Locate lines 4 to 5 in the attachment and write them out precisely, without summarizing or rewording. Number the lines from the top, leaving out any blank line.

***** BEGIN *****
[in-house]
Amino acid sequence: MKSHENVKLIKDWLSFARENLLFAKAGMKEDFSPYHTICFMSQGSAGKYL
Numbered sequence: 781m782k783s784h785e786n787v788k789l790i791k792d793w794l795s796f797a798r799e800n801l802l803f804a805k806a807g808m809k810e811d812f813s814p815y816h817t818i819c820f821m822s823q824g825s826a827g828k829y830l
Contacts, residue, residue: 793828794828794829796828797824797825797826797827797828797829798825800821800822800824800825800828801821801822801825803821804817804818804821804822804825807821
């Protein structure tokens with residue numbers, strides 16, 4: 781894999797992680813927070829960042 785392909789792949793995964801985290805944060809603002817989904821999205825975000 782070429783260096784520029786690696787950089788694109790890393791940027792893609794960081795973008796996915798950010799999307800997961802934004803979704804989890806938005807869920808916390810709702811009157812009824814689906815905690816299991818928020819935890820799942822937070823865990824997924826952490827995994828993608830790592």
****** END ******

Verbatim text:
Contacts, residue, residue: 793828794828794829796828797824797825797826797827797828797829798825800821800822800824800825800828801821801822801825803821804817804818804821804822804825807821
């Protein structure tokens with residue numbers, strides 16, 4: 781894999797992680813927070829960042 785392909789792949793995964801985290805944060809603002817989904821999205825975000 782070429783260096784520029786690696787950089788694109790890393791940027792893609794960081795973008796996915798950010799999307800997961802934004803979704804989890806938005807869920808916390810709702811009157812009824814689906815905690816299991818928020819935890820799942822937070823865990824997924826952490827995994828993608830790592």